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Friday, February 17, 2017

Pests of stored grains

Insect infestation occurs in stored grains and grains products to variable extent depending upon the storage conditions. Certain beetles and moths are notorious stored-food pests in home, as are some mites. Most food products are contaminated by insects and insect parts to some degree.

Most pests are imported into the house with foodstuffs already infested, if only the egg is present, it will not be obvious that the food is infested.

The granary weevils is one of the oldest known insect pests, is a universal feeder upon grains, and is cosmopolitan, having been carried by commerce to all parts of the world. It prefers a temperate climate and is more frequently found in the Northern States than in the South.

Larvae hatch from eggs, feed and develop and adults emerge in the product. If the infested food is not put into sealed containers after purchase other food in the kitchen or pantry may become infested.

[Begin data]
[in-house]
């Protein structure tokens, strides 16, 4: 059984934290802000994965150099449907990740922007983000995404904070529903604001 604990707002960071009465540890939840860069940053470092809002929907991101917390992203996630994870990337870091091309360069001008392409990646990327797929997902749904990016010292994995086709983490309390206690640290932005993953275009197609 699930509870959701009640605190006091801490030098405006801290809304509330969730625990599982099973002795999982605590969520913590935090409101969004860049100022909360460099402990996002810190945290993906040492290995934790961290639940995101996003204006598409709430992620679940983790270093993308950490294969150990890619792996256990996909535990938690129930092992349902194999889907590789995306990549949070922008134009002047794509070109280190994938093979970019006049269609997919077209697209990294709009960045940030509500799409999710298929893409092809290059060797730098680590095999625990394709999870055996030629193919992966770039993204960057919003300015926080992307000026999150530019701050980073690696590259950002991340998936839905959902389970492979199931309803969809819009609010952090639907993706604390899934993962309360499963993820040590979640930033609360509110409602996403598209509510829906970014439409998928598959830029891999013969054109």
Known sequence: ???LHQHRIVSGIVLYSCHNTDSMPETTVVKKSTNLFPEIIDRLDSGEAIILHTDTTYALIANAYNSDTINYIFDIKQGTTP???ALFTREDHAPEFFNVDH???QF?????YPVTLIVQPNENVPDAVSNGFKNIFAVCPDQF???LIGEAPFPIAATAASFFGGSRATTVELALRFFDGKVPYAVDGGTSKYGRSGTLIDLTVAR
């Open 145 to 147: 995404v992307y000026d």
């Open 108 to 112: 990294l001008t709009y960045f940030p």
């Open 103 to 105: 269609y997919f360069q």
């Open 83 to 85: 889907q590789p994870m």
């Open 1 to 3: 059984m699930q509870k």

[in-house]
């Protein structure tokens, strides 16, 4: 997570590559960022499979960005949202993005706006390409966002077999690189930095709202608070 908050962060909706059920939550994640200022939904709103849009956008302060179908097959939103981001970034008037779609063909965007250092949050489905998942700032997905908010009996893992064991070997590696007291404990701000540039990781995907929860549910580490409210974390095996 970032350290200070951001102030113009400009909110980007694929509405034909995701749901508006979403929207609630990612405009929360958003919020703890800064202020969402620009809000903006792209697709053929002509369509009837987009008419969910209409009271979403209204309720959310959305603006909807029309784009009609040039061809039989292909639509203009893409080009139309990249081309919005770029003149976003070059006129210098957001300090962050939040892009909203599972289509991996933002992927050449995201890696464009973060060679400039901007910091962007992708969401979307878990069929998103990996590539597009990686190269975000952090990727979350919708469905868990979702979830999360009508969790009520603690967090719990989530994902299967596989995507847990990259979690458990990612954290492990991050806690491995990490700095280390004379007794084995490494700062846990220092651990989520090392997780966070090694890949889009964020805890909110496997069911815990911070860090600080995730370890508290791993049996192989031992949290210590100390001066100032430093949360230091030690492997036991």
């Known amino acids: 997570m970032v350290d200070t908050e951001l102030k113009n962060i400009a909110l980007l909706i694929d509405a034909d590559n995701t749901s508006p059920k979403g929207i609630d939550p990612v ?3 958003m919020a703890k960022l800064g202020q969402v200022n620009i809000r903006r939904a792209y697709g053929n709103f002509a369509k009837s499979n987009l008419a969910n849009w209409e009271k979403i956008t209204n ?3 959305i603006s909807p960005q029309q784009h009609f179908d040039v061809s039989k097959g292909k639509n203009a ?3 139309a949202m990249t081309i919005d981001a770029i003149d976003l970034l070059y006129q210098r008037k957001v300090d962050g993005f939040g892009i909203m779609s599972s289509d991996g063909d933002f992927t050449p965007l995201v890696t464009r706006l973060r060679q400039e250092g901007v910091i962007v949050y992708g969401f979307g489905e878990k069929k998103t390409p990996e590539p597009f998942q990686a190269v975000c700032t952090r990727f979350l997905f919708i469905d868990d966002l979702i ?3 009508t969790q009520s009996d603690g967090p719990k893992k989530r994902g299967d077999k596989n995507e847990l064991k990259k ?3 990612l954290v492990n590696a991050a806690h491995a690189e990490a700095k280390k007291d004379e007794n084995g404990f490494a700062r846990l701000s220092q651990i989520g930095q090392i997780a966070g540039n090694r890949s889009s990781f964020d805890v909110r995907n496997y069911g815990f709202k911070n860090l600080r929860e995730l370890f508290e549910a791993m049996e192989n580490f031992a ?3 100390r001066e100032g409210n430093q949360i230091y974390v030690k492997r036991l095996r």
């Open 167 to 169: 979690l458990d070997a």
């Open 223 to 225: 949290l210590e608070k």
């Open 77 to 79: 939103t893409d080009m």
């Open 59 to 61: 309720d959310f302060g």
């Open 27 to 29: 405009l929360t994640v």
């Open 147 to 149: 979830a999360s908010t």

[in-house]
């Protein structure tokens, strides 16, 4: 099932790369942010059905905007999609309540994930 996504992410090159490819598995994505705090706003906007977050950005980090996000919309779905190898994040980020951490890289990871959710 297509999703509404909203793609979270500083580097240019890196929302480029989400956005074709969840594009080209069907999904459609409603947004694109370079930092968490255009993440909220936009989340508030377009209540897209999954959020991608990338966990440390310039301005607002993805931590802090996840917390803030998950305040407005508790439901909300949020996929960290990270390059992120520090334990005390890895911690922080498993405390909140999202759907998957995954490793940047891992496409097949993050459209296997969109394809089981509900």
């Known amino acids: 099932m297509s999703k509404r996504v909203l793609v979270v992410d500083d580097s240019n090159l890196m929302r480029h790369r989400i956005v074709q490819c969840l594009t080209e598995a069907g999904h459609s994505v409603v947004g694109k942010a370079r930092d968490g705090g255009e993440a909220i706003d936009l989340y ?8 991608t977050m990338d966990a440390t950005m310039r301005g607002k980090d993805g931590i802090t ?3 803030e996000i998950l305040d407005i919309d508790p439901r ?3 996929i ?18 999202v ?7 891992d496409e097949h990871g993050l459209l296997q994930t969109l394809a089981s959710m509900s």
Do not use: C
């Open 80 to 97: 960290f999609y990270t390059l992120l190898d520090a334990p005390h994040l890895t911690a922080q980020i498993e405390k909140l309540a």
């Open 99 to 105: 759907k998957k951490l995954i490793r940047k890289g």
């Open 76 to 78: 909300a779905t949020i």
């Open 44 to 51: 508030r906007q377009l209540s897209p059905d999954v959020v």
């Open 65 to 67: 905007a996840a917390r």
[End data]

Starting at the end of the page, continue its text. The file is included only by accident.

Pests can bore through wrappers or cardboard containers, providing entry for other pests. Adults of some species feed in the same food that the eggs were laid in; others leave the food to pupate somewhere in cupboard or crevices in walls.

Life cycles of stored products pests vary, but management and control of these pests is about the same for all species.

The losses of nutritional compounds are proportional to the extent of insect infestation, nature of insect feeding and distribution of nutritional chemicals in different seed components.
Pests of stored grains

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